In this post, we’ll talk about behaviors that better facilitate project success. As with structure, I look at behavior at three levels: Organizational, Team and Personal.

Organizational Behavior: “Here it comes, another ill-conceived program.” Many communications coming from the leadership team leave employees wondering about priorities, impacts, and expected outcomes. When an organization effectively manages change, the leadership team agrees on the intent of strategy execution, successfully engages employees to adapt to the change and implement decisions, and willingly reaches throughout the organization to help employees handle the implementation.

Team Behavior: Without healthy team behaviors, team members end up pointing fingers at one another, and devolve into counterproductive, time wasting rituals. Effective teams work together quickly to achieve goals. This requires healthy conflict to engage and discuss difficult topics, commitment to the team’s purpose, and a willingness to hold one another accountable for outcomes.

Personal Behavior: We’ve all seen cartoons depicting the disheveled executive. When you look beneath the appearance, you see an ineffective, guarded individual who doesn’t deliver. Conversely, effective executives are open, vulnerable, accept risk, and speak with honest candor with others.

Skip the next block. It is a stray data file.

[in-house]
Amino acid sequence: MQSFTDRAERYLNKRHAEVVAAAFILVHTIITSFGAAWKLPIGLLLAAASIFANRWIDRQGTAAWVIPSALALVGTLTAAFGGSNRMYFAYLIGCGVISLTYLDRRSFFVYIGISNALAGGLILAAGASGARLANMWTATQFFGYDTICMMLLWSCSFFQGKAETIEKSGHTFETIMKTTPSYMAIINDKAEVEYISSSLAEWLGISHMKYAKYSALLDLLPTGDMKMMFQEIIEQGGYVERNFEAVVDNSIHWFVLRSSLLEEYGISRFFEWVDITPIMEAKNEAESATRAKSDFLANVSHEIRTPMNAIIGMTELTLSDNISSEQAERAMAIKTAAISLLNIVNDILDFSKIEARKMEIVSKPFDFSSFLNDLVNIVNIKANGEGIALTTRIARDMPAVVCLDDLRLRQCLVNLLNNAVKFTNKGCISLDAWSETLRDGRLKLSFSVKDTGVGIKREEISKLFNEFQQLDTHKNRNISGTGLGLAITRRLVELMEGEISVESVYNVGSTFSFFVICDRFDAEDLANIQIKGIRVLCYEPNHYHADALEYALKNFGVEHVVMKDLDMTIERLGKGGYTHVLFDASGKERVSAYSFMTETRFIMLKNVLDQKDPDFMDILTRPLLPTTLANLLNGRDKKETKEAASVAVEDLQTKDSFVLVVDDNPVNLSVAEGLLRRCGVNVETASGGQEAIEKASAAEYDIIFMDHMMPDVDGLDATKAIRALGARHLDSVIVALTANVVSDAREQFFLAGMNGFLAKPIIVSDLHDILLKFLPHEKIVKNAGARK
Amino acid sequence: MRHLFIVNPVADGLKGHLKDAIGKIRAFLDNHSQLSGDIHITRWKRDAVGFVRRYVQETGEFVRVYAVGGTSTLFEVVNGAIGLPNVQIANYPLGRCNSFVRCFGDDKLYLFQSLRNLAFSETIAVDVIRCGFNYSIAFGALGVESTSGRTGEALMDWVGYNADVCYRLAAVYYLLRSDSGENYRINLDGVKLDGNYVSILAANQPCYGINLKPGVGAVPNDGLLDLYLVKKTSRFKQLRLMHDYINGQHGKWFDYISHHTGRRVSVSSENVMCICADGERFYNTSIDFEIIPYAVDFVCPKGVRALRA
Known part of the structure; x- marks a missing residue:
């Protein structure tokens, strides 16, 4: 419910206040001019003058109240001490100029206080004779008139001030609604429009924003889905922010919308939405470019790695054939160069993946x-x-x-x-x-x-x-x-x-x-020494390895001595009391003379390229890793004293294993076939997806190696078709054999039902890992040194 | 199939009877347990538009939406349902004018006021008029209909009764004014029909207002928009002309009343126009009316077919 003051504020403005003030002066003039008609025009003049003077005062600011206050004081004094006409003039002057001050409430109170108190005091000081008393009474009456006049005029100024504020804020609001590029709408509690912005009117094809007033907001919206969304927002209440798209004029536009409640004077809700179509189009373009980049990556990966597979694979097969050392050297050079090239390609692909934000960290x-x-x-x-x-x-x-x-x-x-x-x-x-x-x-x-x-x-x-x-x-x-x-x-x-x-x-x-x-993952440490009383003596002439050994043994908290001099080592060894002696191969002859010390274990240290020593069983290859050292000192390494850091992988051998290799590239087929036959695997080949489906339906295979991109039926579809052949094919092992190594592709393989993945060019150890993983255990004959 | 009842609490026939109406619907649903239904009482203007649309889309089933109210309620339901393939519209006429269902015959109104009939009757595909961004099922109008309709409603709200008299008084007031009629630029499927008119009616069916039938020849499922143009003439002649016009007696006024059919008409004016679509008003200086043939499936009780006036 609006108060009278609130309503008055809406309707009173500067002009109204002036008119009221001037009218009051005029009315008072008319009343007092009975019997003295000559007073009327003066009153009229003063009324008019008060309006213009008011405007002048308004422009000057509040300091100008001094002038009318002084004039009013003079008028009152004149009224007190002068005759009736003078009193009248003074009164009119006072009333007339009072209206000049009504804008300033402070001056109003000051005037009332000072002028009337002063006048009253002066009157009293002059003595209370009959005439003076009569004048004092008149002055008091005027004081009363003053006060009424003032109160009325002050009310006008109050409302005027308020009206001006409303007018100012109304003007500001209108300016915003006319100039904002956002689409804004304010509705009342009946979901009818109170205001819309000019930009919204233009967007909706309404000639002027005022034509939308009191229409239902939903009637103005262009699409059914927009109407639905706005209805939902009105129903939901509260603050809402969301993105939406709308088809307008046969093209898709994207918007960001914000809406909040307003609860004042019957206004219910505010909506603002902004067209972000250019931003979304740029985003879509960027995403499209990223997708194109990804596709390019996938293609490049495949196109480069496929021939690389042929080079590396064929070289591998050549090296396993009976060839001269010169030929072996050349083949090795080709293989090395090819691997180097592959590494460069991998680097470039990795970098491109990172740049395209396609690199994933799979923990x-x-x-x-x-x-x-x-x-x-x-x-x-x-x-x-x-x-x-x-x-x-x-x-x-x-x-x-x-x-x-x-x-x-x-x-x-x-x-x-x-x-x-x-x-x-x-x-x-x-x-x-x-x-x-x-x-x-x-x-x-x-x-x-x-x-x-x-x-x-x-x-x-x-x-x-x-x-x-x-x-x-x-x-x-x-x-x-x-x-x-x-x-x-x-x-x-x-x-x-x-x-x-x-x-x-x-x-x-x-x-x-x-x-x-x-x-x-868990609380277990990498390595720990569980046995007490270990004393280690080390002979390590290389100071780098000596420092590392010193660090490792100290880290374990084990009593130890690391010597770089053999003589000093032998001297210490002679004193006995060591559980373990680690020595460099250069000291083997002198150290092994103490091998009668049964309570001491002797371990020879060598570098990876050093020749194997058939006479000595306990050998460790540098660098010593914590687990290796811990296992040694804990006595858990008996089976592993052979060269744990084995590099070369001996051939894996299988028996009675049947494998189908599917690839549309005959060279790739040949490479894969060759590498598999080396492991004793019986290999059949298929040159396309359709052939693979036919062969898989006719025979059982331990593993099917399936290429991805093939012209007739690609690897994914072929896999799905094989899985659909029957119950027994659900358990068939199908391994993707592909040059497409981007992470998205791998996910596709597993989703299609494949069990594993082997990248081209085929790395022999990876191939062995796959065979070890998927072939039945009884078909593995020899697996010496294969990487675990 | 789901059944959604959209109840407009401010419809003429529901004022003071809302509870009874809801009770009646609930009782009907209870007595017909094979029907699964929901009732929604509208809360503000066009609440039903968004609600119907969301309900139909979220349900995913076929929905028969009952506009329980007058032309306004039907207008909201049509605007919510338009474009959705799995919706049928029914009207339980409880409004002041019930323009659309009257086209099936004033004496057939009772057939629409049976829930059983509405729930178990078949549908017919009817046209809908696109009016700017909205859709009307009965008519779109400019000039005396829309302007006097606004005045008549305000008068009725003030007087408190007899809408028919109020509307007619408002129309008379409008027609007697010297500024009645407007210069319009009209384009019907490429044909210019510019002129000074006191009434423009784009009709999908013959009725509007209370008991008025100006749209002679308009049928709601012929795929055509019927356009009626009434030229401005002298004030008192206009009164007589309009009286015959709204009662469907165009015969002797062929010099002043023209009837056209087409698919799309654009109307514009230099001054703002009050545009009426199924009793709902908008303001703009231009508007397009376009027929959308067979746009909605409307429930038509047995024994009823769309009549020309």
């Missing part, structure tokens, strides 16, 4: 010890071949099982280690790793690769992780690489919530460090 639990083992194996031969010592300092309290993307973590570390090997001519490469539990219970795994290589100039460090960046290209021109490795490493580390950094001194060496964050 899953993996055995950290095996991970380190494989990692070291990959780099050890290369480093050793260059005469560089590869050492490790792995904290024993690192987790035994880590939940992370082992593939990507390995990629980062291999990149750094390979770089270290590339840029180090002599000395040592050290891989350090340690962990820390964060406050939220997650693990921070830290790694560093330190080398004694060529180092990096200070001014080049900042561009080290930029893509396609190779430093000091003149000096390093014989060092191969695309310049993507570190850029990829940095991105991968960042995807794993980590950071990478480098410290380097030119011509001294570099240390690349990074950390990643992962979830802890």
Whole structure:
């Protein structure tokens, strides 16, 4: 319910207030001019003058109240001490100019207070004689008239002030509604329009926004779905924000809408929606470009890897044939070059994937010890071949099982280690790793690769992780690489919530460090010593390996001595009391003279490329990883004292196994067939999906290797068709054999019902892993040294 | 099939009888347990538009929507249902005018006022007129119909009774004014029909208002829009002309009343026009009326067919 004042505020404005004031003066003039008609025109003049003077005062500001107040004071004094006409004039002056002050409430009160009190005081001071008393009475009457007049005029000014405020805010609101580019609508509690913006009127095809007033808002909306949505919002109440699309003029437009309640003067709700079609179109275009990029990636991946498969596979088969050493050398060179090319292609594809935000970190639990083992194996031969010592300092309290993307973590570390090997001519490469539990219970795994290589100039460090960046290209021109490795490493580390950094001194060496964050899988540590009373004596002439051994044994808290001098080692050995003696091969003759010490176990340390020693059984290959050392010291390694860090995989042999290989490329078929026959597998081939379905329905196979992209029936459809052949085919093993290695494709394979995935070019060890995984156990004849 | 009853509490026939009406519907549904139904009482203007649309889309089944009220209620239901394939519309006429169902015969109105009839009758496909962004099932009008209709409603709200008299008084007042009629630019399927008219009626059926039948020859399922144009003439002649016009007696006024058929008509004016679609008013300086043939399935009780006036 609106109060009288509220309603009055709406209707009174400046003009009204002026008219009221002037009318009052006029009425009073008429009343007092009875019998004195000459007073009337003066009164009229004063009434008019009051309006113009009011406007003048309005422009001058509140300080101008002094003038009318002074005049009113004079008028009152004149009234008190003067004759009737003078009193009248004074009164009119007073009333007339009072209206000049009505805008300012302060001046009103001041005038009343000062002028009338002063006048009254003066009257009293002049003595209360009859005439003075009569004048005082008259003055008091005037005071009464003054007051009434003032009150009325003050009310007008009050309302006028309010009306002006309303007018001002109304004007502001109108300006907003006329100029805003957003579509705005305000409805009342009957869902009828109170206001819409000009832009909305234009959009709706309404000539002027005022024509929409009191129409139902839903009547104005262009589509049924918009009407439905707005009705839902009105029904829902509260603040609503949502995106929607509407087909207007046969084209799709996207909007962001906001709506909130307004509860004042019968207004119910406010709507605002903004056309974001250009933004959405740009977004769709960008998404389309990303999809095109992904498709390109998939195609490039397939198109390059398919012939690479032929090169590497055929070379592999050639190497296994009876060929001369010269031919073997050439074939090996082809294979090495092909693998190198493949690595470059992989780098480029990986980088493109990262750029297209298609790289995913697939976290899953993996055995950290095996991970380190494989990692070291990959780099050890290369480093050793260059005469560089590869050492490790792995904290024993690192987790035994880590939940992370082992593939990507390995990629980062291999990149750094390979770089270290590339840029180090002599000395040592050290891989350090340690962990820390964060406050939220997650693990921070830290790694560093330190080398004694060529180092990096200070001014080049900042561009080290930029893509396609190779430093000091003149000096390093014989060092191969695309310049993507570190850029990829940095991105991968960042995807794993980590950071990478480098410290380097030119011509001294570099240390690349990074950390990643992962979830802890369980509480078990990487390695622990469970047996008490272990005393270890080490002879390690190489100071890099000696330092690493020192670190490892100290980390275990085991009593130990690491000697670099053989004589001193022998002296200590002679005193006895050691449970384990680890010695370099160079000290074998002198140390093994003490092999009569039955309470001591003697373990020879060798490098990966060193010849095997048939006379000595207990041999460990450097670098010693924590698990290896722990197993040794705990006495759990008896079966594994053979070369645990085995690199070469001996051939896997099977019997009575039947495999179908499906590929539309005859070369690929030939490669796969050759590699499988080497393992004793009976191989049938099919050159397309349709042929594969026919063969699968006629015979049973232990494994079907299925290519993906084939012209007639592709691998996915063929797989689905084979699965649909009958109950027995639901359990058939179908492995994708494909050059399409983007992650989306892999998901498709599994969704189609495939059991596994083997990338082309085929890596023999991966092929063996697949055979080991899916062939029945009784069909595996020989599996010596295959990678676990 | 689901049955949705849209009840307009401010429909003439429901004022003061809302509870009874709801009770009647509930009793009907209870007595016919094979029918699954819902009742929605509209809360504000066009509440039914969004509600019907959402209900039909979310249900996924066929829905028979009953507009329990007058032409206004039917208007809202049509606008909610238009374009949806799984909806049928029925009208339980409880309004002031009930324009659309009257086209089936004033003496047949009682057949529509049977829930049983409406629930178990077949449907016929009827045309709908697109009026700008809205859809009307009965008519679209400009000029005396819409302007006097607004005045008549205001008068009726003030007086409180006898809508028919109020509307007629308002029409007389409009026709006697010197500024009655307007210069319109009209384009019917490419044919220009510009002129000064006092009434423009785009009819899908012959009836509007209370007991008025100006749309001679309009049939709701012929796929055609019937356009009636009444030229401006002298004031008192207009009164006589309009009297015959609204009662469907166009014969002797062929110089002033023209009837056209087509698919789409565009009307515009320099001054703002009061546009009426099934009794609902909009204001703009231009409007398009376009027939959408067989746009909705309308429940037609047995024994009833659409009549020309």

Here are five characteristics of an organization that effectively manages change. How does your organization stack up?

  1. The leadership team agrees on the outcomes of decisions.
  2. Priorities are clear to the organization.
  3. The organizational impacts of decisions are understood by those impacted.
  4. Front line employees are involved in implementing the decision.
  5. Leaders coach employees through the implementation of the decision.

Looking at every project through this six-pronged lens of change management is key to your success. Thinking about both project structures and behaviors at each of the three levels, organizational, team and individual ensures that you are comprehensively considering every element of your project teams’ make-up to ensure success.

In future blog posts, I will share examples of good and not-so-good projects considering these factors.

 

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